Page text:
Life sciences companies and CROs are adopting cloud-based solutions at an increasingly rapid pace, particularly in the area of clinical and regulated content management solutions, according to data and analysis released by NextDocs.
Over the last five years, deployment of applications via the cloud has rapidly accelerated across most industries. Analysts estimate that companies will spend one-third of their IT budgets on cloud applications and solutions by 2014. However, adoption of strategic solutions delivered via the cloud has, comparatively and historically, lagged in the life sciences industry. According to NextDocs, that is beginning to change.
"We're beginning to see a rapid change in the business and IT strategies of life sciences companies, a notable shift towards adoption of cloud-based clinical solutions," said Matt Walz, chief strategy officer at NextDocs. "Trial Master File (TMF) management is a perfect business example of where sponsors and CROs find it highly beneficial to utilize a common platform in the cloud. This solution ensures greater collaboration and compliance, and it can be more cost-effectively and rapidly delivered via the cloud."
One of the primary drivers of the adoption of cloud-based solutions by life sciences companies is the increasing reliance on outsourcing and CROs in the drug development process. The escalating cost of drug development combined with increasing regulation and patent expirations is slowing the growth of the industry and driving increased outsourcing to CROs. According to a report by NextDocs, The Life Sciences Technology Landscape Report 2014, up to 50% of discovery and development now is occurring "outside the firewall."
Although such outsourcing helps manage drug development costs and can shorten time to market, the sponsor still has an essential interest in ensuring collaboration with the CRO and compliance with FDA regulations. Even minor errors in meeting compliance and audit requirements can be costly and delay drug approval. For example, the cost of a one-day delay in a phase III clinical trial is estimated at between $600,000 up to $8 million.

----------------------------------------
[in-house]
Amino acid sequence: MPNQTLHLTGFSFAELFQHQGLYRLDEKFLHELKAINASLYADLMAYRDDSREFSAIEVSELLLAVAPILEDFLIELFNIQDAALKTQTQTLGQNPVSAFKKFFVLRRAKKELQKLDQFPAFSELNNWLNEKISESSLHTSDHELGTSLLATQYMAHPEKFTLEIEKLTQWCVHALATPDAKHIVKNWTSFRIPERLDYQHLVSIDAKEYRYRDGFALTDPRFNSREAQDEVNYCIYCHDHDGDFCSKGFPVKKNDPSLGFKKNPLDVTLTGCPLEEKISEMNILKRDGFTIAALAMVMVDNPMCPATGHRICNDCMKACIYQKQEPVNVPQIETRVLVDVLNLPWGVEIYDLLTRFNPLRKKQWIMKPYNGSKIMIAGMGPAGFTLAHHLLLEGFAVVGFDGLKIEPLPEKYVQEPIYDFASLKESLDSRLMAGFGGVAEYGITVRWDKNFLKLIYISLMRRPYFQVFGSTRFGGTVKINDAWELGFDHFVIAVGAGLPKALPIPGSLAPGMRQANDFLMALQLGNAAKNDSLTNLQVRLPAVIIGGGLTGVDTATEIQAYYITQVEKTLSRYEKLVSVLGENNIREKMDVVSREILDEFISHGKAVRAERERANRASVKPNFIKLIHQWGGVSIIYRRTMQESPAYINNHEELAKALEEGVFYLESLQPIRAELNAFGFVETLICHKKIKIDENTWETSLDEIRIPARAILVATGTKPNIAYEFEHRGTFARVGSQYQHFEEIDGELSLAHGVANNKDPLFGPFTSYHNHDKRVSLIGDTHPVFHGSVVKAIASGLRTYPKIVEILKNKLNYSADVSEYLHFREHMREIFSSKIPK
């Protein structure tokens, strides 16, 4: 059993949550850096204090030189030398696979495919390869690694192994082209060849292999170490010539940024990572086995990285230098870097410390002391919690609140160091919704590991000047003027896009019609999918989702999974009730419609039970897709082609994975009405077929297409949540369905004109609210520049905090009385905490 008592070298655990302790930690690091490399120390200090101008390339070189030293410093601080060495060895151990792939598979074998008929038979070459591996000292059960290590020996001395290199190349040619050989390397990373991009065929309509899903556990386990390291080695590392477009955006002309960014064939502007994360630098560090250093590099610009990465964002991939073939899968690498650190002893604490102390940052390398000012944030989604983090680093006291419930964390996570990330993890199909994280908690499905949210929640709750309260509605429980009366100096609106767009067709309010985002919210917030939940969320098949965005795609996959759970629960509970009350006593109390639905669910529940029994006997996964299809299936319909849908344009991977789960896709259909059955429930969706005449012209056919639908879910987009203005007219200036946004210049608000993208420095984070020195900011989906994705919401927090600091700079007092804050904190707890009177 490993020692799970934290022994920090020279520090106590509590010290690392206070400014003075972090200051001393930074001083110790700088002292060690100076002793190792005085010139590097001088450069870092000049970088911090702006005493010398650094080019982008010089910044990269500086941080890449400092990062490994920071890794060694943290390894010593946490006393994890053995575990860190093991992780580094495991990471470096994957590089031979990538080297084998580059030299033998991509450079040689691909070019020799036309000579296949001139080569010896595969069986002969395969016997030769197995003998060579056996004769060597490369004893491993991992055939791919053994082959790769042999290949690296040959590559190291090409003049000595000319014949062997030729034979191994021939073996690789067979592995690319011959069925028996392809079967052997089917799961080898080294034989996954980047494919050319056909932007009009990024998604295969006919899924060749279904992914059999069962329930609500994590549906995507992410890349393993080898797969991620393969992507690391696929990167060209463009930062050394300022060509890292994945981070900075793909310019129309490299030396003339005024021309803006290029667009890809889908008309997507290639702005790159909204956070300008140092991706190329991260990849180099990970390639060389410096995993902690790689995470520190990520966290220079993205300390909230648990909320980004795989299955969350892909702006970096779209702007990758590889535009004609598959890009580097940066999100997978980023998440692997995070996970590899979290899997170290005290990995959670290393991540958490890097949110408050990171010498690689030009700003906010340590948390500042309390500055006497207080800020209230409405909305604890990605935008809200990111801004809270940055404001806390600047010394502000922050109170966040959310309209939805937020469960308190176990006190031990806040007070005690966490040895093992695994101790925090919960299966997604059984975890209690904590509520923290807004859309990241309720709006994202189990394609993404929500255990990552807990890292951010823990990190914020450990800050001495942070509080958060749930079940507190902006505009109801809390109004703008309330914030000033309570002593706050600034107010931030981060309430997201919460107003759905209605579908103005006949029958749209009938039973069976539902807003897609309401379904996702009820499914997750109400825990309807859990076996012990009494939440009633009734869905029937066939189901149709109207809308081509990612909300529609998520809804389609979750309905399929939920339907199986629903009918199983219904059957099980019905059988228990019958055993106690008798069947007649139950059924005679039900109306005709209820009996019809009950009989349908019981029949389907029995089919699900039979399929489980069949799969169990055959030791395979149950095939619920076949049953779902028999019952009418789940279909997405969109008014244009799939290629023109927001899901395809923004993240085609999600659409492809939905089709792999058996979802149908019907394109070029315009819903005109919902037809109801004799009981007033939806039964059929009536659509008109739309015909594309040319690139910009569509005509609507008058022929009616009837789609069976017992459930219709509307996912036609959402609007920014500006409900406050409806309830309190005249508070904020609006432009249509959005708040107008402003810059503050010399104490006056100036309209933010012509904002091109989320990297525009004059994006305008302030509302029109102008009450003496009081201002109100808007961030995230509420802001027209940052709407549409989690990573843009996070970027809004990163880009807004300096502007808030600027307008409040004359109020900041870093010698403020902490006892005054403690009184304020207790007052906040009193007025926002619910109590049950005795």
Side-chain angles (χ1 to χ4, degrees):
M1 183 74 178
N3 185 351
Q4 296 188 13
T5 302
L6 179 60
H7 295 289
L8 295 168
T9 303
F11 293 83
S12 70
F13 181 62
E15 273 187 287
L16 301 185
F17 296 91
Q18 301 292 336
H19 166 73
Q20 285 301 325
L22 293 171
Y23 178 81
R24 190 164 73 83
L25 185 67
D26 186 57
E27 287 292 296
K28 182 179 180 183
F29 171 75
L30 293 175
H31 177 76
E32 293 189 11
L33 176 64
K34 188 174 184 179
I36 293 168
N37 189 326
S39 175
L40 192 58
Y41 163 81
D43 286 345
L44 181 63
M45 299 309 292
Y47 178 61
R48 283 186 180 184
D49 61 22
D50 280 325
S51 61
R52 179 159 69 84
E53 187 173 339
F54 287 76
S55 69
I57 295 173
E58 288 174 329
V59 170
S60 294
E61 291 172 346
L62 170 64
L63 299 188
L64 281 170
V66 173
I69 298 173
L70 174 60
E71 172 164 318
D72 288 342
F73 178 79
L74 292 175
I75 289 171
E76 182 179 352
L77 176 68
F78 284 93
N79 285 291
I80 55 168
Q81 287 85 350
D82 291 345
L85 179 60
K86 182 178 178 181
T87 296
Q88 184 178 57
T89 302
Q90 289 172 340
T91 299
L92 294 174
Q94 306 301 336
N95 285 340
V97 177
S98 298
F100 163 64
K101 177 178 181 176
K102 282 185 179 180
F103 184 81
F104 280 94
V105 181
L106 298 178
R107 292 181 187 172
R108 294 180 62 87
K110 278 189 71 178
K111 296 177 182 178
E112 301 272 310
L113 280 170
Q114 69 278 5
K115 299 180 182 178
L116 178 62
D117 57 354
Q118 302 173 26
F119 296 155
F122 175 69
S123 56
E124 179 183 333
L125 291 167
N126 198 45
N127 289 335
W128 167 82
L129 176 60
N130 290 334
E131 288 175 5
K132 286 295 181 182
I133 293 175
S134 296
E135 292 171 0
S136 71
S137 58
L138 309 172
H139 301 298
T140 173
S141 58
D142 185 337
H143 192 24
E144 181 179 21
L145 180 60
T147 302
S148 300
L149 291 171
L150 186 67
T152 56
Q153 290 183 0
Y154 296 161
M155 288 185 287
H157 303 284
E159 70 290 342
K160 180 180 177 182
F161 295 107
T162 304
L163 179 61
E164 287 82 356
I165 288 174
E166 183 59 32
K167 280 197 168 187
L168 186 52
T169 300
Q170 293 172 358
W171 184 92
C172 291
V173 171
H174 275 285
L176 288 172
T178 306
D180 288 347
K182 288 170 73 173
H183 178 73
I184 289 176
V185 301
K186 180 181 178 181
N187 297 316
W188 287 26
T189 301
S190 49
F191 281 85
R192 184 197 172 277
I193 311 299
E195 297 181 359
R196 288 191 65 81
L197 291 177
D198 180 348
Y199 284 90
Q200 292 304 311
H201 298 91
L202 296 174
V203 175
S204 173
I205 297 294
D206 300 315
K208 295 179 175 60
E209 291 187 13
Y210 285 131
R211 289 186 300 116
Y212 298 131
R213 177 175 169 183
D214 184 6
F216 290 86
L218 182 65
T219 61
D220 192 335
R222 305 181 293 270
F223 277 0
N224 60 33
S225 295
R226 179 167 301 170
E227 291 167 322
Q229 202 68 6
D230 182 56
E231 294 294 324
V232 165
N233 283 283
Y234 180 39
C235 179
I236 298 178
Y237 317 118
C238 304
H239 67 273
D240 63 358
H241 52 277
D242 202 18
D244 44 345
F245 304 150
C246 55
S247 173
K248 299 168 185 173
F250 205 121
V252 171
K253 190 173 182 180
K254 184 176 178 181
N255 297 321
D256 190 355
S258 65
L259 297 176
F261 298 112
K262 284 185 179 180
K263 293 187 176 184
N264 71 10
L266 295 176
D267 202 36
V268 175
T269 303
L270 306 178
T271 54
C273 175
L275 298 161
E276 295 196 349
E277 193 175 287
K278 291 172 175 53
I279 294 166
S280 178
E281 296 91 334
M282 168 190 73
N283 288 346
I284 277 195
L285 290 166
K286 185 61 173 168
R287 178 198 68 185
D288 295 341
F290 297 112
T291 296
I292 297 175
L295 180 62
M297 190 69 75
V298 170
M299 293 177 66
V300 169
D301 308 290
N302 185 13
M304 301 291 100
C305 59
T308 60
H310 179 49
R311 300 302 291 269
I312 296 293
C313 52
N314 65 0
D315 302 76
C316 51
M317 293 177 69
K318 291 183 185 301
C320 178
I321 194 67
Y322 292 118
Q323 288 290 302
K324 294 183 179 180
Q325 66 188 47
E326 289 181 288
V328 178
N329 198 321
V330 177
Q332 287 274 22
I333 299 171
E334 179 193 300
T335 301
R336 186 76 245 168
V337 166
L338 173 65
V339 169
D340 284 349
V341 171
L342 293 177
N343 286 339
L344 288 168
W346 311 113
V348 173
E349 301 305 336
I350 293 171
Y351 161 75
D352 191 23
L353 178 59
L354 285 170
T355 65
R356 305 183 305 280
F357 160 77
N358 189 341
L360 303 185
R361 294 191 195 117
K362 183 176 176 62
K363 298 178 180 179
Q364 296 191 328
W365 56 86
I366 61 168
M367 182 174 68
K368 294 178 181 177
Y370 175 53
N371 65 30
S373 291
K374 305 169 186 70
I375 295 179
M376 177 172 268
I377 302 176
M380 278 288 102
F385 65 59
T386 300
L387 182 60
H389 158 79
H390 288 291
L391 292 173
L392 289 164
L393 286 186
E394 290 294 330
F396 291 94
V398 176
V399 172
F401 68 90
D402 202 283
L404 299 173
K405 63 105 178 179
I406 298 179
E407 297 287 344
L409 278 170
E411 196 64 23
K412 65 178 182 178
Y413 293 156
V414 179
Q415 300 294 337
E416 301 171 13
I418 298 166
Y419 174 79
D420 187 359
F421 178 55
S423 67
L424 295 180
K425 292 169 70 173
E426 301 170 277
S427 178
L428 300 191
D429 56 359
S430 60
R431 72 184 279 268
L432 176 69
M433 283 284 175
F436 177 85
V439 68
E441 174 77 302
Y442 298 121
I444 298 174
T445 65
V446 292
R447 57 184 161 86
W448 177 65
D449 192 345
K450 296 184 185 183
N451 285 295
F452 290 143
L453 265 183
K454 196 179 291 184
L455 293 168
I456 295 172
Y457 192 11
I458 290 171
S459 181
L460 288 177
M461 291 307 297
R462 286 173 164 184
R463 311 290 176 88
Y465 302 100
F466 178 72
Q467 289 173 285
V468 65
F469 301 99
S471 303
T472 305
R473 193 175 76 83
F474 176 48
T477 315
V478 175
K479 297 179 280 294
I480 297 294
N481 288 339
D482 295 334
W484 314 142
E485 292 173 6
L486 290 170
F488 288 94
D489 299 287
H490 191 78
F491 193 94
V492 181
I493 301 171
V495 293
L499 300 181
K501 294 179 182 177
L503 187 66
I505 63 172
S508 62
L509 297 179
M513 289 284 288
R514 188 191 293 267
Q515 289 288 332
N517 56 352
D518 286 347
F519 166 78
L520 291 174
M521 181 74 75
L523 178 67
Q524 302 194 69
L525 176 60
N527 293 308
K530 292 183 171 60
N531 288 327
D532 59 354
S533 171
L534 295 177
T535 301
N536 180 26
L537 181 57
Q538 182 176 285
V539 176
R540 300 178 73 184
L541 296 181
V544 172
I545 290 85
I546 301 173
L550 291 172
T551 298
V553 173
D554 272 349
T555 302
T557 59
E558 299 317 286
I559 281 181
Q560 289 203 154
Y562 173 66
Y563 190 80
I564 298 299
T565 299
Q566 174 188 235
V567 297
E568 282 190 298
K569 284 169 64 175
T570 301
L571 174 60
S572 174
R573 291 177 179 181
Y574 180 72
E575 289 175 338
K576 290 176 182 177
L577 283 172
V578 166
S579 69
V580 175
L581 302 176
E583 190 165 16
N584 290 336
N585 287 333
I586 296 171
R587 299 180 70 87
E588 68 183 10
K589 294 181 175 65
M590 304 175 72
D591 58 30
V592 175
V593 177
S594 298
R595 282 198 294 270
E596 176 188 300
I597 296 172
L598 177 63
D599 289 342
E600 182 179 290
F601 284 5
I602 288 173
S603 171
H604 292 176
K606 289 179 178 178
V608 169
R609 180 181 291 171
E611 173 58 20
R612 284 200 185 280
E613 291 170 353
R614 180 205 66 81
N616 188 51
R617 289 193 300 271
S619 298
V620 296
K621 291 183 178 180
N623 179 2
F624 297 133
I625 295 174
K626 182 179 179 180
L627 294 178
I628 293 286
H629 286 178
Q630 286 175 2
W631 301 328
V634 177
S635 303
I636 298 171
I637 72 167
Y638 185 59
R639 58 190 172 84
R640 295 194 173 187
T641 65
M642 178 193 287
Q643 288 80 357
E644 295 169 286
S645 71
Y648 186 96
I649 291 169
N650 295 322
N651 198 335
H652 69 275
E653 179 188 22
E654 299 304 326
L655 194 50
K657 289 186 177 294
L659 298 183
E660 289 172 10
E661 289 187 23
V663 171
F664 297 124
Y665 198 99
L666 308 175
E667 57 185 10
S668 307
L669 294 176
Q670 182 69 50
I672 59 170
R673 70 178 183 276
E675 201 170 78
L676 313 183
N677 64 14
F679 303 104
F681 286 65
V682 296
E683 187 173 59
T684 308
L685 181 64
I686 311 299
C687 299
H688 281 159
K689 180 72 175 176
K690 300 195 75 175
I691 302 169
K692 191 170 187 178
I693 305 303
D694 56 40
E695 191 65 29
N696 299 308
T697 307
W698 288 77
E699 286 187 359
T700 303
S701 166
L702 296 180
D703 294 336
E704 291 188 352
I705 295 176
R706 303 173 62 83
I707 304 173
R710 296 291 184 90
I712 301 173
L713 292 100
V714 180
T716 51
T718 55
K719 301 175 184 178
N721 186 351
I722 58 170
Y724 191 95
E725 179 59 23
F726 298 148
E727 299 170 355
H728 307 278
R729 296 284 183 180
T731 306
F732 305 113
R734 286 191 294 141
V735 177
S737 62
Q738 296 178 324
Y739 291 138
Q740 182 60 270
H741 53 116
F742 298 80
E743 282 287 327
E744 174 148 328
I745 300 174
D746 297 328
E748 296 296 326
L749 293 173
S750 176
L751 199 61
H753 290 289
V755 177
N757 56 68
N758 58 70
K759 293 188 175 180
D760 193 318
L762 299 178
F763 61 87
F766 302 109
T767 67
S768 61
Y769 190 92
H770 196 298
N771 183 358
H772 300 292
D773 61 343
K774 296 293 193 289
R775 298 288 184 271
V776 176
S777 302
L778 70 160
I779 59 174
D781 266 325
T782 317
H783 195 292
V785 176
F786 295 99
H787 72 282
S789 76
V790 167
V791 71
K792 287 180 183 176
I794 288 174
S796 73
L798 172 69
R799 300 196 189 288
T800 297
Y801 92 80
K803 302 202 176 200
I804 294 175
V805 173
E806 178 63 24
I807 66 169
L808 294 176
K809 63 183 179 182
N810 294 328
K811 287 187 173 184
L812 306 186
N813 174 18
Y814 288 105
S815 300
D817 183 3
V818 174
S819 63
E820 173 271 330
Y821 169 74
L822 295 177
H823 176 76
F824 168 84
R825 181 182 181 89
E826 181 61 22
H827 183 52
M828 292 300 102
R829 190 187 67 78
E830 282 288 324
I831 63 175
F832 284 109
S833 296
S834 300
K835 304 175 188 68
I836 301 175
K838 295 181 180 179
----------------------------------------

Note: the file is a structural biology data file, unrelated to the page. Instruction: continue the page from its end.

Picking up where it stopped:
"Cloud-based clinical document management solutions free life sciences companies from managing paperwork and processes, and enable them to focus on managing trials," said Walz. "When CROs and life sciences companies operate on the same platform, it greatly enhances collaboration and eases the management and compliance burden."
NextDocs surveys revealed more than half of the life sciences and pharmaceutical industry is still largely managing clinical documents manually or in hybrid systems, but that reality is rapidly changing. A quarter of life sciences companies have adopted clinical document management or electronic Trial Master Files (eTMF) over the past three years.
And companies are increasingly choosing to implement these systems via the cloud. More than 30% of NextDocs' 100+ life sciences customers are deployed via the cloud, and that number is expected to increase to more than 50% within the next year. In fact, more than 50% of the new customers the company signed in 2013 are being deployed in the cloud.
According to IT analysts and business consultants, the benefits of deploying solutions via the cloud include reduced costs, economies of scale, rapid deployment, flexibility and scalability. From an IT perspective, security and privacy are commonly cited as top concerns, with regulatory compliance being an added concern in the life sciences industry. More than half of IT decision makers labeled security and compliance as their top concern in a VMware study.
"The primary concern for life sciences companies is trusting their cloud services are secure and meet applicable privacy and compliance requirements. Ironically, only about one in five life sciences companies have IT security programs in place that are formally managed, audited and enforced, whereas, solution providers like NextDocs have these programs in place by default, including SSAE 16 and ISO compliance certifications," said Walz.
Adoption of cloud solutions also is increasingly being driven by business need, as opposed to IT priorities. More than half of currently deployed cloud solutions are designed to "advance business priorities" as compared to 36% that address IT priorities, according to the research firm GigaOM. In life sciences, this translates as a focus on solutions to improve quality, reduce clinical trial costs and improve collaboration with partners.